De En
Gesamtdosen
gegeben
11M
Menschen vollständig
geimpft
4.1M
% vollständig
geimpft
81.25%
Masken
Nicht benötigt
COVID-19 test
Nicht benötigt
Quarantäne
Nicht benötigt
Passenger Locator Form
Nicht benötigt
Gesundheitsformular
Nicht benötigt
Impfung
Nicht benötigt
Visa
Visa not required for 31 countries
Erlaubnis
Nicht benötigt
Pre-travel testing (vaccinated):
Pre-travel testing (unvaccinated):
Test on arrival (vaccinated):
Test on arrival (unvaccinated):

Neueste Nachrichten:

26.05.2021

Latest News: Irish government may permit restriction-free travel for vaccinated U.S. nationals by mid-June (Schengen Visa Info, 20.05.2021). Travel restrictions eased; hotels will be allowed to reopen on 2 June (Dublin Live, 10.05.2021). Irish government removes Austria and Italy from hotel quarantine list (Reuters, 08.05.2021). Hotels and restaurants to reopen in early June; other COVID-19 restrictions to be relaxed in May (Reuters, 29.04.2021). Domestic travel ban set to be lifted after 7 June (RSPV Live, 28.04.2021).

International Restrictions:

*From within the EU:

Ireland is implementing the commonly agreed EU "traffic lights" approach to travel restrictions.

Is a coronavirus test required?

All travellers are subject to the requirement for a pre-departure negative PCR test. The test must be taken within 72 hours prior to arrival.

Children aged 6 and under are exempted.

You will be asked to show evidence of this negative or 'not detected' result before boarding the airplane or ferry from the country you are travelling from, and will be denied boarding if you cannot produce such evidence. Once you arrive in Ireland, you have to provide this evidence to Irish immigration officers.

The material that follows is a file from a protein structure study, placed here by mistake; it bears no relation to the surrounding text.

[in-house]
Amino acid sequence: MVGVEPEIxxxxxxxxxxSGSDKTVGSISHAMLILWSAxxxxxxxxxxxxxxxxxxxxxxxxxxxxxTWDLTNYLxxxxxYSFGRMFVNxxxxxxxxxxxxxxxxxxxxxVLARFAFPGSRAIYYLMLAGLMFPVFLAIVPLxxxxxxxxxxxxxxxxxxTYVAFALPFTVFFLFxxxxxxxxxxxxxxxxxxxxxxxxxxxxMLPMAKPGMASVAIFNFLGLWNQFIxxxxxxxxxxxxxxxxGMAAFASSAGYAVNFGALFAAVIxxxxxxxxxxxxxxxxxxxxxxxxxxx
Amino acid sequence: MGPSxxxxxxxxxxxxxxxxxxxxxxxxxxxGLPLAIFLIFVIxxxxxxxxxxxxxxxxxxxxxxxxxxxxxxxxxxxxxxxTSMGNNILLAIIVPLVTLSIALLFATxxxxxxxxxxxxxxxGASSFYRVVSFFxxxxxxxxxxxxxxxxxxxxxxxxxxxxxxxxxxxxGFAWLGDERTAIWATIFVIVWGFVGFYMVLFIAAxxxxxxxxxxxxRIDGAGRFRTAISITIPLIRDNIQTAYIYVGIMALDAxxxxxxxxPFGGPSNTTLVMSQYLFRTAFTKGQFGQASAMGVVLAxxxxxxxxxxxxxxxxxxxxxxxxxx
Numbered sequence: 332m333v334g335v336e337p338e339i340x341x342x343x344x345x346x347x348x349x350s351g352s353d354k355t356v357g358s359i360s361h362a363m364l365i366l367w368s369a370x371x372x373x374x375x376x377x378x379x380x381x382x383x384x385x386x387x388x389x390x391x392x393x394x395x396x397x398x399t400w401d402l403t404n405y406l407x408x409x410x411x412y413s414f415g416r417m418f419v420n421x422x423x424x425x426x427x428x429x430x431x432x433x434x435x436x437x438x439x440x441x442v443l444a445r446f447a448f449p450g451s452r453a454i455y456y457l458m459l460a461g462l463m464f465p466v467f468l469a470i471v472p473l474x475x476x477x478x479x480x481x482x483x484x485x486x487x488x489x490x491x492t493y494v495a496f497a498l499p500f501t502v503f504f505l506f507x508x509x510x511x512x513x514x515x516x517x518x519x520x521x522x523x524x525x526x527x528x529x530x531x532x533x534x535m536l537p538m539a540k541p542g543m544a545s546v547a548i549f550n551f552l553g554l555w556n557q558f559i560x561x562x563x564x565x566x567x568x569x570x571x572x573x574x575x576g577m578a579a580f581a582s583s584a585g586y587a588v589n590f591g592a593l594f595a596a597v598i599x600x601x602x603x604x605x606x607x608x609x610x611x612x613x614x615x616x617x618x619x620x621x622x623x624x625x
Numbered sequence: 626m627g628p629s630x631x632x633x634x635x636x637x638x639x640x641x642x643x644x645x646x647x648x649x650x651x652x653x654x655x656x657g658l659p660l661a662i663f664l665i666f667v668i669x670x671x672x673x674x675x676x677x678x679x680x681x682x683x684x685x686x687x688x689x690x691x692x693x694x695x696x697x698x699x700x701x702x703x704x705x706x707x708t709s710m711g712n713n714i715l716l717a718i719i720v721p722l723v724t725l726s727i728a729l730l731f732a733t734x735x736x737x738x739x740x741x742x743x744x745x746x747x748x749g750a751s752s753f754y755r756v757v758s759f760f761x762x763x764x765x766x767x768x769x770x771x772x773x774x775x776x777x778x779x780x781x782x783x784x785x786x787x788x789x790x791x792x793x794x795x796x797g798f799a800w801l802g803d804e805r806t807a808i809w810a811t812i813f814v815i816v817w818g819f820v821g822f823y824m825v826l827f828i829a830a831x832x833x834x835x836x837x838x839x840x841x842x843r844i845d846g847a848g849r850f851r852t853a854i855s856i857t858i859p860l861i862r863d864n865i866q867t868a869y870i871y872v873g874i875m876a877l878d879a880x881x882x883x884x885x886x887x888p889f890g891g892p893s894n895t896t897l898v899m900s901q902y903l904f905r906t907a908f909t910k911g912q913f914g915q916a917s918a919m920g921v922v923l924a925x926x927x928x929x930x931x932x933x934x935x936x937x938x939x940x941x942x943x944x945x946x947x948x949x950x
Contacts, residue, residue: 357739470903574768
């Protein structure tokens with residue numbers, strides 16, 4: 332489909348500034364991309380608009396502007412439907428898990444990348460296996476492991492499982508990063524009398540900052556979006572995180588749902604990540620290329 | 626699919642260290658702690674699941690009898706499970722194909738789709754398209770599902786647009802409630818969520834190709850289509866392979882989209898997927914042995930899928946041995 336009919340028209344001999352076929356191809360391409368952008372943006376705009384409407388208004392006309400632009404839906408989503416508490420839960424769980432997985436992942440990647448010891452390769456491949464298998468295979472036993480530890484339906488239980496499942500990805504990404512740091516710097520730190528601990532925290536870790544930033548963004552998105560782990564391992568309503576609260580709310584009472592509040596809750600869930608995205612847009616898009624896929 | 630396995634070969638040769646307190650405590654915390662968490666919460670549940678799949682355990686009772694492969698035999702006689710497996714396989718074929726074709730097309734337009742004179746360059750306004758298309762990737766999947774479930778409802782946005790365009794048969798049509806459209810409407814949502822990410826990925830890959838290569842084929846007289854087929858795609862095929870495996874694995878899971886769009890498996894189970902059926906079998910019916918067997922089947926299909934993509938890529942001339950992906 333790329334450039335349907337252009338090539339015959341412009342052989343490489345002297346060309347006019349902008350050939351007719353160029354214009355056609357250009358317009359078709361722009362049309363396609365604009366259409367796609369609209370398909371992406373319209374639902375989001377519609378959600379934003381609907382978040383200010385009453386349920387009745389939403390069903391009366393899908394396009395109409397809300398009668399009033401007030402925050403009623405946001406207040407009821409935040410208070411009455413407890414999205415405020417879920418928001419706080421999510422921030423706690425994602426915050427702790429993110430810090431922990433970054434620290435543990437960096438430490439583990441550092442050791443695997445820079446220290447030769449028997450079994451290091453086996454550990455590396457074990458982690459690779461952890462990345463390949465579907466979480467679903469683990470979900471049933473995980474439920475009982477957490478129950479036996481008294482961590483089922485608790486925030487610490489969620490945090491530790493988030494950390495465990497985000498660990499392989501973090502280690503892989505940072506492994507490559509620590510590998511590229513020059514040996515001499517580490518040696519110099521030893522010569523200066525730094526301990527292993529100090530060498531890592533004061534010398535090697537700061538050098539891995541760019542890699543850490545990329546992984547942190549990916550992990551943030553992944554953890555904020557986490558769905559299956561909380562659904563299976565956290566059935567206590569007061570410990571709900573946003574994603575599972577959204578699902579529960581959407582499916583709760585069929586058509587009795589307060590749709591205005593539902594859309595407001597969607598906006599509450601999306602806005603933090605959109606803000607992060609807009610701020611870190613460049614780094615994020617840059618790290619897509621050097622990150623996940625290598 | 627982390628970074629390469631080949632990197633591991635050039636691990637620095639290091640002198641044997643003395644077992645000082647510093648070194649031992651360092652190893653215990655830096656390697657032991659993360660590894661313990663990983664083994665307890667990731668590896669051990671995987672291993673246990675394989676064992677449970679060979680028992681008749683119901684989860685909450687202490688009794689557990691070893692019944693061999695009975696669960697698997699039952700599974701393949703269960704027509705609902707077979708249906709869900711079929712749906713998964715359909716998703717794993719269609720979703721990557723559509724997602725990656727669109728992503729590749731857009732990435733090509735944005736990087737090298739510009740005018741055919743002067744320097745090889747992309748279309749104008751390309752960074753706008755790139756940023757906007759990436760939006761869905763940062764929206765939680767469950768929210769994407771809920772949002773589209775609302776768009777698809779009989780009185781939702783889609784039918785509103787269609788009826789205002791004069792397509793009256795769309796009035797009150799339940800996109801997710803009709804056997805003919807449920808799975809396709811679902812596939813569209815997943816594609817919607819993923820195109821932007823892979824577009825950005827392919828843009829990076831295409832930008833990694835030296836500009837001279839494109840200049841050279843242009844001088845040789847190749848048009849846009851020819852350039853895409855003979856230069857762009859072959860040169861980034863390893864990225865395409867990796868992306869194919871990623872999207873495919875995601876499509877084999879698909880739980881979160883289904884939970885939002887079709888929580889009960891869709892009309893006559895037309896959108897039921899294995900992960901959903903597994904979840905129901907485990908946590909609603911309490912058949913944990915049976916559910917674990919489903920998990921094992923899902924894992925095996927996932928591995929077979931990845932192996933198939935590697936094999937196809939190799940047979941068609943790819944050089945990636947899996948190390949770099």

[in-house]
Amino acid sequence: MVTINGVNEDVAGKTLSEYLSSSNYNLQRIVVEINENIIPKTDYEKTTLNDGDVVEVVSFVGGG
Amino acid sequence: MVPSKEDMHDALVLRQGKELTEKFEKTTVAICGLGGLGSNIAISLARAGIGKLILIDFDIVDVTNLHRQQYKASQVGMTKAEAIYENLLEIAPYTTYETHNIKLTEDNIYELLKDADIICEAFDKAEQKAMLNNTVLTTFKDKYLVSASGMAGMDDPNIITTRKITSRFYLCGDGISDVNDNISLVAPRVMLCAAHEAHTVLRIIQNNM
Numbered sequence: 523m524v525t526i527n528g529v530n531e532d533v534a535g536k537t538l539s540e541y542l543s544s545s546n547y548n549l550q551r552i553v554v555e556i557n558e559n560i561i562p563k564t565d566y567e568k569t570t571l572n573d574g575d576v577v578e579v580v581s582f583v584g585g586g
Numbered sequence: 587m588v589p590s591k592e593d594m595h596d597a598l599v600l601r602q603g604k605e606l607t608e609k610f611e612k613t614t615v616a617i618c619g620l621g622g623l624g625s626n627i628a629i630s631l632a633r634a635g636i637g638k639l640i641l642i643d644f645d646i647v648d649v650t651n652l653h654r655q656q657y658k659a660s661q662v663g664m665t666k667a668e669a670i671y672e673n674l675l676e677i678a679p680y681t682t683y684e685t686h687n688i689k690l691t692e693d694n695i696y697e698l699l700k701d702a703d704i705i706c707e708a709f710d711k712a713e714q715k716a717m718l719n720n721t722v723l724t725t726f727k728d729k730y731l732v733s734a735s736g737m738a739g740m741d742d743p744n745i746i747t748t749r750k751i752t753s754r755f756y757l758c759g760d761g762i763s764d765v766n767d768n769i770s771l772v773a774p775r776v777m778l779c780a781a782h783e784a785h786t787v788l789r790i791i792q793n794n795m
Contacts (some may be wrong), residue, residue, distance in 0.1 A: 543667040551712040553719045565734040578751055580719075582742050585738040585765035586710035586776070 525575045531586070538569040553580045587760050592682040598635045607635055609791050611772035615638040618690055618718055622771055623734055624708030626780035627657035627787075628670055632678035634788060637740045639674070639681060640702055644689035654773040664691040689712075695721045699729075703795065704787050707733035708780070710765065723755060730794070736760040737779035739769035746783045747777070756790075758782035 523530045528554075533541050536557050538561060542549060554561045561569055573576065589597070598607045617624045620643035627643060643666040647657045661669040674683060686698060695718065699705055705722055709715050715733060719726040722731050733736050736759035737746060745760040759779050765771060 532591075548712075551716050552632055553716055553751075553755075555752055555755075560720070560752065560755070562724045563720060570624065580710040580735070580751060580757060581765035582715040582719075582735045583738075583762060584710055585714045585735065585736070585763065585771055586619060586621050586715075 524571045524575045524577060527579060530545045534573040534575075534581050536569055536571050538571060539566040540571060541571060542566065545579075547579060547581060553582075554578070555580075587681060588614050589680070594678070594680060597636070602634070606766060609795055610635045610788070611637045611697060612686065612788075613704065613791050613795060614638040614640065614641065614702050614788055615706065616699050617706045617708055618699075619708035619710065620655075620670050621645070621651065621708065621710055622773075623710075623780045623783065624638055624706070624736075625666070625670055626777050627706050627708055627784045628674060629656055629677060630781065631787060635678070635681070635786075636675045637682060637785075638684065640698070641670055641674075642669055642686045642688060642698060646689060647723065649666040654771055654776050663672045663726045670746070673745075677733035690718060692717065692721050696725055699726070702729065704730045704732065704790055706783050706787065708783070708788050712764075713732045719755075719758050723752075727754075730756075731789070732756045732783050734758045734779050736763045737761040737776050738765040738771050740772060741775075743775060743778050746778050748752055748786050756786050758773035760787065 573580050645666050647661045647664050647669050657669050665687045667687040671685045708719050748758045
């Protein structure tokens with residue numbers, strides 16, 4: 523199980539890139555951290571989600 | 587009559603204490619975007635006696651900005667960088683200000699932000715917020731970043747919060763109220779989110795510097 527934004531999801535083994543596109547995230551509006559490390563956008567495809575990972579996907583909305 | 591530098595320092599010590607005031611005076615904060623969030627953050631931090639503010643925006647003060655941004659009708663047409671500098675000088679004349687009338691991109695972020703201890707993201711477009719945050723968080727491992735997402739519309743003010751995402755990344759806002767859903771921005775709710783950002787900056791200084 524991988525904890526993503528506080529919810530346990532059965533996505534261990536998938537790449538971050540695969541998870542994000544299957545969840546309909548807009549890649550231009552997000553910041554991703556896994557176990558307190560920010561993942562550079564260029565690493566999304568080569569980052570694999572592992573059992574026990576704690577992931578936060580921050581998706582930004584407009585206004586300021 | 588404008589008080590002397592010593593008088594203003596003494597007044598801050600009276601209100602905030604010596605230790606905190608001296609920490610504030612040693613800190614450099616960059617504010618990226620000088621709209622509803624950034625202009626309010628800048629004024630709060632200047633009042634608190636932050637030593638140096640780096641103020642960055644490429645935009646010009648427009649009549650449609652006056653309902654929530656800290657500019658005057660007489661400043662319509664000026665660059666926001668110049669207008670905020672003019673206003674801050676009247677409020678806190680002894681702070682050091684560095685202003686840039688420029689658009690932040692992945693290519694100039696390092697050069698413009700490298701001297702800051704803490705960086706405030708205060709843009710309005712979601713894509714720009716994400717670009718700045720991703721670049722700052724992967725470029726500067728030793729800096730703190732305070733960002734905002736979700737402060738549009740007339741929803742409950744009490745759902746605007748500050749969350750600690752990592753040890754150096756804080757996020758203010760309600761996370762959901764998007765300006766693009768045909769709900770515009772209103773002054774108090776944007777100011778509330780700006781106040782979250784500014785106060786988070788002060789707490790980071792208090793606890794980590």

You should retain the written confirmation of your test result for at least 14 days.

In case of lack of a negative or 'not detected' RT-PCR test or a valid exemption, you can be fined up to €2,500 or get a prison sentence of up to 6 months. You will also be required to take a RT-PCR test after arrival at your own expense.

Is a quarantine required?

All passengers arriving into Ireland from designated States are required to undertake Mandatory Hotel Quarantine and pre-book a place in the designated facility prior to arrival to Ireland. Passengers will be required to present evidence of this booking to their flight or ferry operator in order to board the aeroplane or ferry to Ireland.

If you come into Ireland from any country deemed 'high risk', or If you come to Ireland without a negative or 'not detected' PCR test, you must complete a 14-day mandatory quarantine in a hotel.

If you come to Ireland from any country not deemed 'high risk', you must quarantine at home provided you have a negative or 'not detected' PCR test.

If you are not arriving from high-risk countries, you may also shorten your quarantine period by taking a RT-PCR test no less than 5 days after your arrival. If you receive written confirmation that the result of this test is negative or 'not detected', your period of quarantine can end.

If you do not fulfil the legal requirement for mandatory quarantine you are committing an offence, and can be fined up to €2,500 or get a prison sentence of up to 6 months, or both.

Passenger Locator Form

All travellers coming into Ireland must complete a COVID-19 Passenger Locator Form

Find out more:
gov.ie - Travelling to Ireland during the COVID-19 pandemic


Documents you need to travel in Europe

Health cover for temporary stays *Transit:

As a general rule, passengers in transit in the EU+ area are exempted from temporary travel restriction.

EU citizens entering the EU from a third country, as well as their family members, irrespective of their nationality, are exempted from the travel restrictions regardless of whether or not they are returning to their country of nationality or residence.

Passengers travelling from a non-EU country to another non-EU country may transit through the international transit area of airports located in the Schengen area. Rules regarding airport transit visa requirements continue to apply.